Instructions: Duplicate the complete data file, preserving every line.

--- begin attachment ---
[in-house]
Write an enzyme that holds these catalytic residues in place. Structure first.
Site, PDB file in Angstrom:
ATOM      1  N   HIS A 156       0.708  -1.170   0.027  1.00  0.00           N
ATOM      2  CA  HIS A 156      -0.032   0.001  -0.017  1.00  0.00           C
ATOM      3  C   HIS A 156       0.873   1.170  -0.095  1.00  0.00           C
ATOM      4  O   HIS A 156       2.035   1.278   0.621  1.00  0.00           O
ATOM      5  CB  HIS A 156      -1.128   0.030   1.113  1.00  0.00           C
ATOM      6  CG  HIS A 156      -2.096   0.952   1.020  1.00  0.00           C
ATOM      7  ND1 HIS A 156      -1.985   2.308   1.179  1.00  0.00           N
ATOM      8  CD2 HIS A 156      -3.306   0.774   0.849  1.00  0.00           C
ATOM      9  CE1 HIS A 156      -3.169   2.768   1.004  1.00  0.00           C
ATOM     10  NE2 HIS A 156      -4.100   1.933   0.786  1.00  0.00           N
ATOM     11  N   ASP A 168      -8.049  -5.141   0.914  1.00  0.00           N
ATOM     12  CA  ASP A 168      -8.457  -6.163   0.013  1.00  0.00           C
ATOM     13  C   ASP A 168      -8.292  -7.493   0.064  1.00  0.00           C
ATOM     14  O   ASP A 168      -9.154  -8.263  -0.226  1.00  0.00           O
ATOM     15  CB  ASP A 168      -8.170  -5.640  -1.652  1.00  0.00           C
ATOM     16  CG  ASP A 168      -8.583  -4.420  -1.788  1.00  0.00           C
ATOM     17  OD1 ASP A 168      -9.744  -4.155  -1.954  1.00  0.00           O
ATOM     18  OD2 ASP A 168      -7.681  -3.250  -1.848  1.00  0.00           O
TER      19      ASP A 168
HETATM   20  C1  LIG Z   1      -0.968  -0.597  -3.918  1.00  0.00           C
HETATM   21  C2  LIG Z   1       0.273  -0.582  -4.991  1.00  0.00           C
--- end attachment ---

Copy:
[in-house]
Write an enzyme that holds these catalytic residues in place. Structure first.
Site, PDB file in Angstrom:
ATOM      1  N   HIS A 156       0.708  -1.170   0.027  1.00  0.00           N
ATOM      2  CA  HIS A 156      -0.032   0.001  -0.017  1.00  0.00           C
ATOM      3  C   HIS A 156       0.873   1.170  -0.095  1.00  0.00           C
ATOM      4  O   HIS A 156       2.035   1.278   0.621  1.00  0.00           O
ATOM      5  CB  HIS A 156      -1.128   0.030   1.113  1.00  0.00           C
ATOM      6  CG  HIS A 156      -2.096   0.952   1.020  1.00  0.00           C
ATOM      7  ND1 HIS A 156      -1.985   2.308   1.179  1.00  0.00           N
ATOM      8  CD2 HIS A 156      -3.306   0.774   0.849  1.00  0.00           C
ATOM      9  CE1 HIS A 156      -3.169   2.768   1.004  1.00  0.00           C
ATOM     10  NE2 HIS A 156      -4.100   1.933   0.786  1.00  0.00           N
ATOM     11  N   ASP A 168      -8.049  -5.141   0.914  1.00  0.00           N
ATOM     12  CA  ASP A 168      -8.457  -6.163   0.013  1.00  0.00           C
ATOM     13  C   ASP A 168      -8.292  -7.493   0.064  1.00  0.00           C
ATOM     14  O   ASP A 168      -9.154  -8.263  -0.226  1.00  0.00           O
ATOM     15  CB  ASP A 168      -8.170  -5.640  -1.652  1.00  0.00           C
ATOM     16  CG  ASP A 168      -8.583  -4.420  -1.788  1.00  0.00           C
ATOM     17  OD1 ASP A 168      -9.744  -4.155  -1.954  1.00  0.00           O
ATOM     18  OD2 ASP A 168      -7.681  -3.250  -1.848  1.00  0.00           O
TER      19      ASP A 168
HETATM   20  C1  LIG Z   1      -0.968  -0.597  -3.918  1.00  0.00           C
HETATM   21  C2  LIG Z   1       0.273  -0.582  -4.991  1.00  0.00           C